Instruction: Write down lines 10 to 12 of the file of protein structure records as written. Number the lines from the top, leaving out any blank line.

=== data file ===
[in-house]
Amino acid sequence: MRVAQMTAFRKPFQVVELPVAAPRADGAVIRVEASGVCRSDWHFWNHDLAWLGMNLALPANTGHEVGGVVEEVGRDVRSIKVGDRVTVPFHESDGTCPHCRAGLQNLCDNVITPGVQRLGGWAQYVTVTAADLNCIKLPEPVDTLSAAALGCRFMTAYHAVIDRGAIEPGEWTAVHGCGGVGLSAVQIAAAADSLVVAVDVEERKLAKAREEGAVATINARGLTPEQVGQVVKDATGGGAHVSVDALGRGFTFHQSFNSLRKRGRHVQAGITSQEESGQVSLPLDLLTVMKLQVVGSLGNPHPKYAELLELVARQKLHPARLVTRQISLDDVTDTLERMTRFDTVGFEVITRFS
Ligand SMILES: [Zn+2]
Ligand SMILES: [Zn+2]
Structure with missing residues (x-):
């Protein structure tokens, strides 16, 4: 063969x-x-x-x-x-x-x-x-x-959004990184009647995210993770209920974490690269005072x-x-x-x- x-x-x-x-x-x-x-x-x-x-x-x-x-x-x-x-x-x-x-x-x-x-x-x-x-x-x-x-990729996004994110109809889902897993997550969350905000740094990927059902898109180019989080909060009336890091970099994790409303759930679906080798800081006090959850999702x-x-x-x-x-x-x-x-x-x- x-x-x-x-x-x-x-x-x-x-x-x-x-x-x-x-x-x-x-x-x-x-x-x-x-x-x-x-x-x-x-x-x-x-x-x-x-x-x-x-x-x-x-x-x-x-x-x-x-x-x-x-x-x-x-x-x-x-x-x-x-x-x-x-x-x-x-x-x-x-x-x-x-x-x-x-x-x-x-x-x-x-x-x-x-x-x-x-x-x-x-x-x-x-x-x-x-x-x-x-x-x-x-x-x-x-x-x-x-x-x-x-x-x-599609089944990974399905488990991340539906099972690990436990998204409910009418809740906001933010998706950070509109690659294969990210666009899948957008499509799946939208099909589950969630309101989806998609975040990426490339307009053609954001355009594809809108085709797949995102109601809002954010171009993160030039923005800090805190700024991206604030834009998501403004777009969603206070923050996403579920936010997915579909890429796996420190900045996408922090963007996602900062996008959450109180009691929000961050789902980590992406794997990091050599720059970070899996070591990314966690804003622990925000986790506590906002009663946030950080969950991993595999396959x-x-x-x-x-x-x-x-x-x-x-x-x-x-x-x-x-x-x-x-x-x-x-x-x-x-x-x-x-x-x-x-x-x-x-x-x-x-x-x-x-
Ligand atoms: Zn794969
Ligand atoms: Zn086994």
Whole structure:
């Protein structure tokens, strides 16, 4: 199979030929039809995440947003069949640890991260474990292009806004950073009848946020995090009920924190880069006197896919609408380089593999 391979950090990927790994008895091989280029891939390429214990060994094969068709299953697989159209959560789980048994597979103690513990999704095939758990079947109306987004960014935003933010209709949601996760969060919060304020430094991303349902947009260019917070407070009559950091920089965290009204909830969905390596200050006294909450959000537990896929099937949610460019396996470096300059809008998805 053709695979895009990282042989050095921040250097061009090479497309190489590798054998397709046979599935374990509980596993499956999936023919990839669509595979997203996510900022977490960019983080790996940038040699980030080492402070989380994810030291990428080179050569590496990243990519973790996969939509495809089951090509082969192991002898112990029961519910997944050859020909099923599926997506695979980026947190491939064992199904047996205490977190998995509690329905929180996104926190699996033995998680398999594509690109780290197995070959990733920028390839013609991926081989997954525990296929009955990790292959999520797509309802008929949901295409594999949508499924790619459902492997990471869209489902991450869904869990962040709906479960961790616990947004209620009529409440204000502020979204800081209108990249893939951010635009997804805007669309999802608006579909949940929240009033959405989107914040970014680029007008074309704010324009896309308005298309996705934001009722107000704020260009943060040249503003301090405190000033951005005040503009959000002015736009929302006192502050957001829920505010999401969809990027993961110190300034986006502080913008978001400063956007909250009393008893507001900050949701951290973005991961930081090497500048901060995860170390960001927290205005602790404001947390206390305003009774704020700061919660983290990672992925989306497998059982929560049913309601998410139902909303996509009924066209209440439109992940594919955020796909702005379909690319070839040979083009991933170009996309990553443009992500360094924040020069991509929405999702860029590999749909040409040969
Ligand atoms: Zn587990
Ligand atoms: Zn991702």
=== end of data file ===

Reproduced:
């Protein structure tokens, strides 16, 4: 199979030929039809995440947003069949640890991260474990292009806004950073009848946020995090009920924190880069006197896919609408380089593999 391979950090990927790994008895091989280029891939390429214990060994094969068709299953697989159209959560789980048994597979103690513990999704095939758990079947109306987004960014935003933010209709949601996760969060919060304020430094991303349902947009260019917070407070009559950091920089965290009204909830969905390596200050006294909450959000537990896929099937949610460019396996470096300059809008998805 053709695979895009990282042989050095921040250097061009090479497309190489590798054998397709046979599935374990509980596993499956999936023919990839669509595979997203996510900022977490960019983080790996940038040699980030080492402070989380994810030291990428080179050569590496990243990519973790996969939509495809089951090509082969192991002898112990029961519910997944050859020909099923599926997506695979980026947190491939064992199904047996205490977190998995509690329905929180996104926190699996033995998680398999594509690109780290197995070959990733920028390839013609991926081989997954525990296929009955990790292959999520797509309802008929949901295409594999949508499924790619459902492997990471869209489902991450869904869990962040709906479960961790616990947004209620009529409440204000502020979204800081209108990249893939951010635009997804805007669309999802608006579909949940929240009033959405989107914040970014680029007008074309704010324009896309308005298309996705934001009722107000704020260009943060040249503003301090405190000033951005005040503009959000002015736009929302006192502050957001829920505010999401969809990027993961110190300034986006502080913008978001400063956007909250009393008893507001900050949701951290973005991961930081090497500048901060995860170390960001927290205005602790404001947390206390305003009774704020700061919660983290990672992925989306497998059982929560049913309601998410139902909303996509009924066209209440439109992940594919955020796909702005379909690319070839040979083009991933170009996309990553443009992500360094924040020069991509929405999702860029590999749909040409040969
Ligand atoms: Zn587990
Ligand atoms: Zn991702």